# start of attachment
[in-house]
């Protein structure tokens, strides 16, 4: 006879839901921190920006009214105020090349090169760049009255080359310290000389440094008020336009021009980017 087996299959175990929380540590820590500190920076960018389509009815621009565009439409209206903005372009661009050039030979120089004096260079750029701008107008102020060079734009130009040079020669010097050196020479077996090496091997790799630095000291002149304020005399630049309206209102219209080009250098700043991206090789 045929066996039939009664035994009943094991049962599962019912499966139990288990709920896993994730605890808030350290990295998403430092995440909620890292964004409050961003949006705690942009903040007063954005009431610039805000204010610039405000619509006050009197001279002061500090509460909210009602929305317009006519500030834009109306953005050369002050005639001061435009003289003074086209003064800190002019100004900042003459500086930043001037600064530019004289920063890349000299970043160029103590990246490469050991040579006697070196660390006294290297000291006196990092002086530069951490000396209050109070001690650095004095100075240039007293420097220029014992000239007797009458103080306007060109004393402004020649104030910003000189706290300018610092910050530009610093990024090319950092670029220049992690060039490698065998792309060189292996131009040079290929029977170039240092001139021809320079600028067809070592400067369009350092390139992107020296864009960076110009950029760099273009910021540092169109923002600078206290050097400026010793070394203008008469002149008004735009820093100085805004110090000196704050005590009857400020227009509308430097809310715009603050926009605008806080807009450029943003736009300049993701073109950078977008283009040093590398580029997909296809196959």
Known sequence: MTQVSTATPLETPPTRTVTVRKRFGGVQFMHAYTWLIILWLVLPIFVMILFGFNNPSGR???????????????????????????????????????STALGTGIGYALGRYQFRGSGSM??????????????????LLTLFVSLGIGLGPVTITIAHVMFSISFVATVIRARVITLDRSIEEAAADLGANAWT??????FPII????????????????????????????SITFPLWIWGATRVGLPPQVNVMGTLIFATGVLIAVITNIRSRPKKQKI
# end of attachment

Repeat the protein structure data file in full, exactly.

[in-house]
């Protein structure tokens, strides 16, 4: 006879839901921190920006009214105020090349090169760049009255080359310290000389440094008020336009021009980017 087996299959175990929380540590820590500190920076960018389509009815621009565009439409209206903005372009661009050039030979120089004096260079750029701008107008102020060079734009130009040079020669010097050196020479077996090496091997790799630095000291002149304020005399630049309206209102219209080009250098700043991206090789 045929066996039939009664035994009943094991049962599962019912499966139990288990709920896993994730605890808030350290990295998403430092995440909620890292964004409050961003949006705690942009903040007063954005009431610039805000204010610039405000619509006050009197001279002061500090509460909210009602929305317009006519500030834009109306953005050369002050005639001061435009003289003074086209003064800190002019100004900042003459500086930043001037600064530019004289920063890349000299970043160029103590990246490469050991040579006697070196660390006294290297000291006196990092002086530069951490000396209050109070001690650095004095100075240039007293420097220029014992000239007797009458103080306007060109004393402004020649104030910003000189706290300018610092910050530009610093990024090319950092670029220049992690060039490698065998792309060189292996131009040079290929029977170039240092001139021809320079600028067809070592400067369009350092390139992107020296864009960076110009950029760099273009910021540092169109923002600078206290050097400026010793070394203008008469002149008004735009820093100085805004110090000196704050005590009857400020227009509308430097809310715009603050926009605008806080807009450029943003736009300049993701073109950078977008283009040093590398580029997909296809196959």
Known sequence: MTQVSTATPLETPPTRTVTVRKRFGGVQFMHAYTWLIILWLVLPIFVMILFGFNNPSGR???????????????????????????????????????STALGTGIGYALGRYQFRGSGSM??????????????????LLTLFVSLGIGLGPVTITIAHVMFSISFVATVIRARVITLDRSIEEAAADLGANAWT??????FPII????????????????????????????SITFPLWIWGATRVGLPPQVNVMGTLIFATGVLIAVITNIRSRPKKQKI